In the fourth article of our series “Documents to Value”, we will take the time to outline some of the best practices of information retrieval from documents from an IT architecture point of view. Through different projects, we have learnt that there are four critical factors which should be considered for a successful integration of a machine learning system into an existing technical landscape.
When setting up a new data extraction service, our customers typically start with 1–3 use cases to be covered. However, once the service is in production, new visions emerge, and often additional use cases should be processed on the same application. Hence, a comprehensive solution can be extended into two dimensions. Firstly, the architecture needs to extend vertically to accommodate new document types (e.g. purchase orders, shipping receipts, bank statements) flexibly and without programming skills. Secondly, more services can be added to the overall pipeline (extending it horizontally) to increase the overall value and user experience. Typically, such services are Optical Character Recognition (OCR) to transform scans into PDFs, classification services to split different document types and separate relevant from non-relevant information.
The modular setup of MINT.extract allows customers to tailor the solution to their current and future use cases. It is possible to extend the horizontal pipeline with the above-mentioned pre-processing steps as well as post-processing possibilities like validating against databases (both internal and external) or enriching the structured data with additional information. Additional data points can be extracted from the original documents rapidly and at any time. For example, at the beginning only address and customer number are of interest, in a later step, order date and reference number become important as well, which requires to extend the scope of data extraction vertically.
This flexible and incremental approach allows thus to bring new use cases faster into production and immediately benefit from efficient processes and value-enhancing services.
The level of integration depends mainly on the importance of the use case (core vs periphery), the prevailing enterprise system and internal technical knowledge. For some cases, we deliver headless services via API for a seamless integration with the client’s infrastructure. In other projects, we provide a web-based interface with a data editor, where users can edit or add information. Naturally, internal databases can be used to automatically validate and enrich the extracted data. With every interaction between our system and the internal knowledge of our customers (both human and database knowledge), our systems are learning and improving over time.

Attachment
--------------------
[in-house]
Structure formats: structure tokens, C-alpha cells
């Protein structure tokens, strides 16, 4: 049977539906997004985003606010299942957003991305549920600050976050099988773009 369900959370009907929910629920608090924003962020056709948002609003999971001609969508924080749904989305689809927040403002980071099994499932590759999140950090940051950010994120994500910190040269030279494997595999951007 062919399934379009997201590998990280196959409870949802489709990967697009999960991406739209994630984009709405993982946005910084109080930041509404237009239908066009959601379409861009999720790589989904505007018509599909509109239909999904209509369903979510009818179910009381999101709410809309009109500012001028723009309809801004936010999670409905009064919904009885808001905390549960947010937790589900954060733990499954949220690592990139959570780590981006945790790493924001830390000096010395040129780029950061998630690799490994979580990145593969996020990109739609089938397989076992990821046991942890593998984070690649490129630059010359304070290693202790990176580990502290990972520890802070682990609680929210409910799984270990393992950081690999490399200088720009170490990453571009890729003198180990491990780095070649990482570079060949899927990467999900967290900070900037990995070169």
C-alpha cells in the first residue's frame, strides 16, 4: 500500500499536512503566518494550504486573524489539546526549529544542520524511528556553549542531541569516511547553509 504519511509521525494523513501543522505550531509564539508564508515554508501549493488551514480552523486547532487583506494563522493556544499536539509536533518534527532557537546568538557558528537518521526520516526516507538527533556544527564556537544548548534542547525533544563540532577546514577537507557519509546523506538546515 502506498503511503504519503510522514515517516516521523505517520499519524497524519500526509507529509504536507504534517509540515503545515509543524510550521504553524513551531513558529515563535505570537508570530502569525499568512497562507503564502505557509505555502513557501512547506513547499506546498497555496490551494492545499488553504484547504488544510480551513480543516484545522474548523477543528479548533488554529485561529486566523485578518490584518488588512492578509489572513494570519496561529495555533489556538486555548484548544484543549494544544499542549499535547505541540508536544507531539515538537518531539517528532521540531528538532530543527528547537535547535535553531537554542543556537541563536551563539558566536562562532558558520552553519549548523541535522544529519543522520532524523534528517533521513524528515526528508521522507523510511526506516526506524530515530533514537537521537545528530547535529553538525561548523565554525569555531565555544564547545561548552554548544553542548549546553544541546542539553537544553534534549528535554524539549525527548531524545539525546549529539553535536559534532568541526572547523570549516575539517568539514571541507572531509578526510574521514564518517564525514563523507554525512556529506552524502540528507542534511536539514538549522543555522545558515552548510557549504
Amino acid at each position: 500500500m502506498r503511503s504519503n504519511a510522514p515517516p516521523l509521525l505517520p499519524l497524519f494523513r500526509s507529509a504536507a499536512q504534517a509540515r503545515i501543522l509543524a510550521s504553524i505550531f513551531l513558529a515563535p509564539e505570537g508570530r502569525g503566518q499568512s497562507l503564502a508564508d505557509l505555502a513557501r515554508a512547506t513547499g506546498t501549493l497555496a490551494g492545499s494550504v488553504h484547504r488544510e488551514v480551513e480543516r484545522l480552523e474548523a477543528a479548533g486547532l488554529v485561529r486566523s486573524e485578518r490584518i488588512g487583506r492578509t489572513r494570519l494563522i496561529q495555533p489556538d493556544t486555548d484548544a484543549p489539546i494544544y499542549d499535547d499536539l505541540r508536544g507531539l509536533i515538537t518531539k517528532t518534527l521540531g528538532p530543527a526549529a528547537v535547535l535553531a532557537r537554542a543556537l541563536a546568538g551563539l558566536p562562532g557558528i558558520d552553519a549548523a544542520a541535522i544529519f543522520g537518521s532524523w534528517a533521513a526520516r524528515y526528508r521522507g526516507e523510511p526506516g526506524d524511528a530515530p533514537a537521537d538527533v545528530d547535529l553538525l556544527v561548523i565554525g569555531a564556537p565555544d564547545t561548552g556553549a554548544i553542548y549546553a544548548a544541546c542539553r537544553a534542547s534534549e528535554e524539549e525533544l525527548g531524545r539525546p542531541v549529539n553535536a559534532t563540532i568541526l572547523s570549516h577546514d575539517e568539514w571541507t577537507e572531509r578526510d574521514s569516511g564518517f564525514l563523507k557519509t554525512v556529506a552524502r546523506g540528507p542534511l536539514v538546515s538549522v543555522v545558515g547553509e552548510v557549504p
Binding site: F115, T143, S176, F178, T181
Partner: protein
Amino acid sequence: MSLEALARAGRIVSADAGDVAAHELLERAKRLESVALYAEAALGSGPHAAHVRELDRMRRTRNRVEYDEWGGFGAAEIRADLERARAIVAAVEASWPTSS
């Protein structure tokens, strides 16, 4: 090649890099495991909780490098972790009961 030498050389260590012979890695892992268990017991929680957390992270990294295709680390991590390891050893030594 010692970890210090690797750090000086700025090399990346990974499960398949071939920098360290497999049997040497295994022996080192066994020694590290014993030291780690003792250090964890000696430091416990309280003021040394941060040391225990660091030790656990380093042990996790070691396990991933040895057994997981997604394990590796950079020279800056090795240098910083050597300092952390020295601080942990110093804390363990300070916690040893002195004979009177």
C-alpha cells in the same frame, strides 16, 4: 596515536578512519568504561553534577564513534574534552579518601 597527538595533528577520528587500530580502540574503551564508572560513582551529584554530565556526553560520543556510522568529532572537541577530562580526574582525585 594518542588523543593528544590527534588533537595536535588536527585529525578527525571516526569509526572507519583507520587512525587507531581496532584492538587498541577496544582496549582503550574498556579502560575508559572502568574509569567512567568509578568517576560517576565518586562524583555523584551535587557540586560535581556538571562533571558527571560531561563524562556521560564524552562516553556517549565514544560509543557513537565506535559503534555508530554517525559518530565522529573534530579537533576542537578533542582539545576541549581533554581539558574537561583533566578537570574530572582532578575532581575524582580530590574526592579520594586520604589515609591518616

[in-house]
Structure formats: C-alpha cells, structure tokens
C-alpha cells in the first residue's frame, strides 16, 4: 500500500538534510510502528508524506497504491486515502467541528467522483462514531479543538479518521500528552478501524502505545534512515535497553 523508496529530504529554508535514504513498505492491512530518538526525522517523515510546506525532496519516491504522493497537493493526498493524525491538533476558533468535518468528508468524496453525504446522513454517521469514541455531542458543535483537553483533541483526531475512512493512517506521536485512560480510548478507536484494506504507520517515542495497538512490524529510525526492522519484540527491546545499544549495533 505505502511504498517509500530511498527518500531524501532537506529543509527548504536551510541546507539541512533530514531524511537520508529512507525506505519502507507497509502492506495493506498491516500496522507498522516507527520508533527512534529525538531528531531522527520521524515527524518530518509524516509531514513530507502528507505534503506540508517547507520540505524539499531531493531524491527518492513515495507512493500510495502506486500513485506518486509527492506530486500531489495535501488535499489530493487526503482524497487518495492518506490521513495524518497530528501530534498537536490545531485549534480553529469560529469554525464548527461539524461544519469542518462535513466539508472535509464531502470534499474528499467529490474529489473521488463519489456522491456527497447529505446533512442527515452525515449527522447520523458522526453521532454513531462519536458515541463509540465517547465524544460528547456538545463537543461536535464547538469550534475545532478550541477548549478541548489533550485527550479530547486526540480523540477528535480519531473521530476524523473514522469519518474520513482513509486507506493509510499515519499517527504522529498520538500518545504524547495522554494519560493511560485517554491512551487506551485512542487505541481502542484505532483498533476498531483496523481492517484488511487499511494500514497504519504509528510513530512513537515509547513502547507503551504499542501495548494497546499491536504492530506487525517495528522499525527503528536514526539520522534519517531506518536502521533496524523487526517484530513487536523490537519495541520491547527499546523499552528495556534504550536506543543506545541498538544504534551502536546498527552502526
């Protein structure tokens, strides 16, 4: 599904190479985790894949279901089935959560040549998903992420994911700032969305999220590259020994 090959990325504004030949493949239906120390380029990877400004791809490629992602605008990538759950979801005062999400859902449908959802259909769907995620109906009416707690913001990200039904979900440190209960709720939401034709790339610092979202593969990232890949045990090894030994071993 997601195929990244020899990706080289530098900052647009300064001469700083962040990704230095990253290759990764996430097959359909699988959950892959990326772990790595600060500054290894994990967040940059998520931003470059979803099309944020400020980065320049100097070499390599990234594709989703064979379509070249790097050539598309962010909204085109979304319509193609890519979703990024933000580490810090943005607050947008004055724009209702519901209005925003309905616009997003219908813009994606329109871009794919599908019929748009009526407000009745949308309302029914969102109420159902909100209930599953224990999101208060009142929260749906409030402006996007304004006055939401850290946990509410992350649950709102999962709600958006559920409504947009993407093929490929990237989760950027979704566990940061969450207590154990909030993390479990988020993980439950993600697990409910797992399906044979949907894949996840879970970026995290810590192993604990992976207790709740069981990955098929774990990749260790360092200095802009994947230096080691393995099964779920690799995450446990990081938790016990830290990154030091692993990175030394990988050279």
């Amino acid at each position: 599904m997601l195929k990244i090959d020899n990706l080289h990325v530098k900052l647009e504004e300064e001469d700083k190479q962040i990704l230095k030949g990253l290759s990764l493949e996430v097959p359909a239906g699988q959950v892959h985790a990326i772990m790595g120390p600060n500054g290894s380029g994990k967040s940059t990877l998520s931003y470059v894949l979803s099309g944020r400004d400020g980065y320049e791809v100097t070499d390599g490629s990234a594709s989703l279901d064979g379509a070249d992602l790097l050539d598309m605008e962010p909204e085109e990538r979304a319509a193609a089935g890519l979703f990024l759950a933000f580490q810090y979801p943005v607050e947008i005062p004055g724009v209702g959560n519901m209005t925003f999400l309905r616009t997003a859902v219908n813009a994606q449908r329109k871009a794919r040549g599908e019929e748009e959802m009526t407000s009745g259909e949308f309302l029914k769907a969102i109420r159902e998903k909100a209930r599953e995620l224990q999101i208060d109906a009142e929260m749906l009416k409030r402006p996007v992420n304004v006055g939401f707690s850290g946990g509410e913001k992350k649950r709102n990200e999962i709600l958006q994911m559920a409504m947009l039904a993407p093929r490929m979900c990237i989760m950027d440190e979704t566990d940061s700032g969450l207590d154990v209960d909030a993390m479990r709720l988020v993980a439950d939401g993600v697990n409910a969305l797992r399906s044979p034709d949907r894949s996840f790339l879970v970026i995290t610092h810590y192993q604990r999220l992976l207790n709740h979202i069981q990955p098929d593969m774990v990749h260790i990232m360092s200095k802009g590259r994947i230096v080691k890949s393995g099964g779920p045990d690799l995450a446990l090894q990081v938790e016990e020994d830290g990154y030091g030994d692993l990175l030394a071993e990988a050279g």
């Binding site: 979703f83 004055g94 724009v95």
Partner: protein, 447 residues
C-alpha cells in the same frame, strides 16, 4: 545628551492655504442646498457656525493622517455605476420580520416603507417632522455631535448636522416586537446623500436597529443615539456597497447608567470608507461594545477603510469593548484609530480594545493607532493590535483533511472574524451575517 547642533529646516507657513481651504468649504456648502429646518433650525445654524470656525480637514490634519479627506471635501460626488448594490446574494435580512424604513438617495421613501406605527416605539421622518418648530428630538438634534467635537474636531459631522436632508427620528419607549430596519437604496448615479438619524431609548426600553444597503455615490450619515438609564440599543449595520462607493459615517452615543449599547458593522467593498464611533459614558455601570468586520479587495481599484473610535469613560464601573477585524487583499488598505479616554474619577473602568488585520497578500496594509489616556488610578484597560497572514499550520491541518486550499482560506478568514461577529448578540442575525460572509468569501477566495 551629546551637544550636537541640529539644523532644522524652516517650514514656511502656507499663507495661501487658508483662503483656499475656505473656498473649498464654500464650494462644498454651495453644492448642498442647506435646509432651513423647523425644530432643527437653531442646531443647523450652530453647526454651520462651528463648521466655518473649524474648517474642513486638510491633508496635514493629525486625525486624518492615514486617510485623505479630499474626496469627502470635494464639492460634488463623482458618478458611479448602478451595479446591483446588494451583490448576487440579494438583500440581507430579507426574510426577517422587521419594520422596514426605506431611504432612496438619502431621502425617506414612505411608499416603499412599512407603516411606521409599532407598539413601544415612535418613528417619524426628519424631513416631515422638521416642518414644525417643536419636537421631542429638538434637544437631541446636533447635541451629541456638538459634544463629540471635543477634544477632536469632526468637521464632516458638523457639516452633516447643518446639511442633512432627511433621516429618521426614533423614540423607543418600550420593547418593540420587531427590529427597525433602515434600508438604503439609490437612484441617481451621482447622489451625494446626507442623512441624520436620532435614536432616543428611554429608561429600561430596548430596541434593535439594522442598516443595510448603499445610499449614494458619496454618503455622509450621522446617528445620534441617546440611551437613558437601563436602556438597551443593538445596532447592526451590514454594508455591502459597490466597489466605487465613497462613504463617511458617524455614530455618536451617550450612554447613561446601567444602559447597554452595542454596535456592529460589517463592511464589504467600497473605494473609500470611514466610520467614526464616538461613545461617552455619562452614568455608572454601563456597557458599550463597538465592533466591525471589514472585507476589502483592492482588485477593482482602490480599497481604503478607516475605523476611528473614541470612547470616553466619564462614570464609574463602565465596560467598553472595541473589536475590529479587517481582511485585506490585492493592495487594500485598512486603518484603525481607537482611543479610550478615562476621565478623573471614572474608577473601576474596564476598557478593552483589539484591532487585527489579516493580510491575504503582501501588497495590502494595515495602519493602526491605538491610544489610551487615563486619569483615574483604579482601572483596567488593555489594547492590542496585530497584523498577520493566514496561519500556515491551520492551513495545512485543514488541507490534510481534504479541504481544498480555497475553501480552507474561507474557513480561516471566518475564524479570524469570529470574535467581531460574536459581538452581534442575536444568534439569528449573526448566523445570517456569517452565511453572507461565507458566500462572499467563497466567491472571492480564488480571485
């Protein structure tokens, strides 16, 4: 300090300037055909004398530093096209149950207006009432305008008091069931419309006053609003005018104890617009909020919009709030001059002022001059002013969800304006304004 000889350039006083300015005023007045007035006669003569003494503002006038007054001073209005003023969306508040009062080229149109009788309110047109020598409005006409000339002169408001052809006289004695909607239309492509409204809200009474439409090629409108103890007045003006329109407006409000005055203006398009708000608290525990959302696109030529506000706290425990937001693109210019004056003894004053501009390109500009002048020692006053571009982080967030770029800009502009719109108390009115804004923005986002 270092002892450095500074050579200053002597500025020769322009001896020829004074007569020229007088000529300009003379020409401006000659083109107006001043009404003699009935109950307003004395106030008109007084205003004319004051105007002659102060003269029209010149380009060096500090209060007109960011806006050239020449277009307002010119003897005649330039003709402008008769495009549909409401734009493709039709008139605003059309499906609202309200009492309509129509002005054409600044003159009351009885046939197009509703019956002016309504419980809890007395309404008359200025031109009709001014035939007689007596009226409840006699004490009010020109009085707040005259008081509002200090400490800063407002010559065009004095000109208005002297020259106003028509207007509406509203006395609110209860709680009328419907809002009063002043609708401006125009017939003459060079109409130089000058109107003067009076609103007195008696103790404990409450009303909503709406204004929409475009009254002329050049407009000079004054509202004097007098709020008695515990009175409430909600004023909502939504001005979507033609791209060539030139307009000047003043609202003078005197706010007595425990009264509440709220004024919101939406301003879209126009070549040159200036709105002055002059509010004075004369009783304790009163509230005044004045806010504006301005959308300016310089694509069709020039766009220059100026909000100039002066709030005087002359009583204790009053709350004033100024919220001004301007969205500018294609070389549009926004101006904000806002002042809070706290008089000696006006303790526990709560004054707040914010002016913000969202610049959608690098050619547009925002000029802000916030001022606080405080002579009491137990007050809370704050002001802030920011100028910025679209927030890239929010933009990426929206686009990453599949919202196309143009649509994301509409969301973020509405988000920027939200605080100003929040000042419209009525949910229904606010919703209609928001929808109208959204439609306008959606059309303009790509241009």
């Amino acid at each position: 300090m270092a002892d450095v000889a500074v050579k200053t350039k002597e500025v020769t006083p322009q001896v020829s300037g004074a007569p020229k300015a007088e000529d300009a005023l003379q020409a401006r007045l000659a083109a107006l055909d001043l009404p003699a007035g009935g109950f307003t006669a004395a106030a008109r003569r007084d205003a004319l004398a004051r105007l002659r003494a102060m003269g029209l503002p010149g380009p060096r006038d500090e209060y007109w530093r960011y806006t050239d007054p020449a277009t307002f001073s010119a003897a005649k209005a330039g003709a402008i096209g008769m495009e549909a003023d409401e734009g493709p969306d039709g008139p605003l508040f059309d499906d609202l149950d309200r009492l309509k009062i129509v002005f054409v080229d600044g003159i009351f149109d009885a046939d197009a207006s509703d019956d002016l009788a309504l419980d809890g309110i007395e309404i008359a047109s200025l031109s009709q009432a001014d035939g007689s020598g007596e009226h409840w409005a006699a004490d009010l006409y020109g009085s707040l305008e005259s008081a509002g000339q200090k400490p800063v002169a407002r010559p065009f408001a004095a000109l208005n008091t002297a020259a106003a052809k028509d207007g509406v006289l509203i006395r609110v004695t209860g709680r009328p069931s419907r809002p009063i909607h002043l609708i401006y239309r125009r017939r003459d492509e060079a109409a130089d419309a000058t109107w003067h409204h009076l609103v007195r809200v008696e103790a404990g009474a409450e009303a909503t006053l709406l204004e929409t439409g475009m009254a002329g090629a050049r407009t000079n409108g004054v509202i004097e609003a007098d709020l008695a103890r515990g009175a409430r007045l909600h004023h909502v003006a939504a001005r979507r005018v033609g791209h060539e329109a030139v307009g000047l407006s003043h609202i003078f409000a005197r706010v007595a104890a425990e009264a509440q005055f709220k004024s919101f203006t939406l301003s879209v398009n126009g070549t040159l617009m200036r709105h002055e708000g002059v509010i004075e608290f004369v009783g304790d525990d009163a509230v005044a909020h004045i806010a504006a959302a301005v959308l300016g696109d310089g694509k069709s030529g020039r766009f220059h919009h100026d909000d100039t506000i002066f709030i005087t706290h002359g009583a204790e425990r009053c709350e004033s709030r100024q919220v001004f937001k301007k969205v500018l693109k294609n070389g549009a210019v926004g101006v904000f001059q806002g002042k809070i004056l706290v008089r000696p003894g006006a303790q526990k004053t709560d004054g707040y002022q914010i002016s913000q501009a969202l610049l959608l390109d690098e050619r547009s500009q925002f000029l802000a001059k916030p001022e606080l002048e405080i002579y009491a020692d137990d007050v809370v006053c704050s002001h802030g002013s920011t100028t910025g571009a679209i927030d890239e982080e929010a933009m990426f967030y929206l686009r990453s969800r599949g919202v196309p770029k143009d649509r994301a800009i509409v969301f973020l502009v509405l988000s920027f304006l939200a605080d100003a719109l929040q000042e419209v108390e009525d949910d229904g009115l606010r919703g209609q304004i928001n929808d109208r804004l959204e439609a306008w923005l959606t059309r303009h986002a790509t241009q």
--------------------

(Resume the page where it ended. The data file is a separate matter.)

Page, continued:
The modular approach is visible on the input and on the output side as well. Documents can be sent to our solution via a dedicated email address or uploaded to a customer-specific webpage, for example. Similar flexibility is given with the return of the structured data, the format is freely definable (JSON, XML, XLSX) as well as the ‘mode of transport’ (e.g. API, email, etc).
For every system, which adds value for the user, good performance is key. Often, real-time processing is a critical factor, especially when there are short feedback loops between users and document. In the second and third article of this series, we described our dedicated machine learning systems from a technical and user experience standpoint. Another critical aspect of such a system is the time it takes to adapt to new documents, refine the outputs and move the updated solution into production.
Our internal architecture is well equipped to handle large quantities of documents. Depending on the pipeline, namely the number of pre- and postprocessing steps, the end to end processing of a page will take some milliseconds to a couple of seconds. As our self-developed programming language DQL is designed for easy parallelization, we can, if necessary, speed up the process even more. As always with parallelization, the tradeoff between the time saved and the complexity of the parallelization task needs to be favourable to the time-saving. Furthermore, one needs to keep in mind that some tasks simply cannot be parallelized, even with a great setup in place.
Finally, another key success factor is to enable end users to influence and control the process through which documents go. Keeping the process as modular as possible allows for great flexibility for the user to extend, adapt and change the process independently to us. Our customers have the possibility to add new document types to the learning system, they can add new input formats and change the output format. The process can be managed over a web-based interface. The authentication process can be integrated with the customers IAM solution over open standards like SAML or OpenId Connect and different reporting functionalities are made available. This gives the customer control over their documents. Further, to improve the machine learning system, the user can feed their feedback back into the learning system and ensure the best possible outcome.
With the right tools at hand, end users steer their document handling similar to how they were in control of manual data entry in the old world. This feeling of control is the last puzzle piece for a successful deployment of a machine learning system into daily use.
A technical architecture that is expandable, integrated, instantaneous and steerable, builds the backbone of a machine learning system to access valuable information from documents. We hope that you have enjoyed reading through our series “Documents to Value”.
If you are curious about whether machine-learning is able to unlock the potential of your documents and what comes next, contact us: email@example.com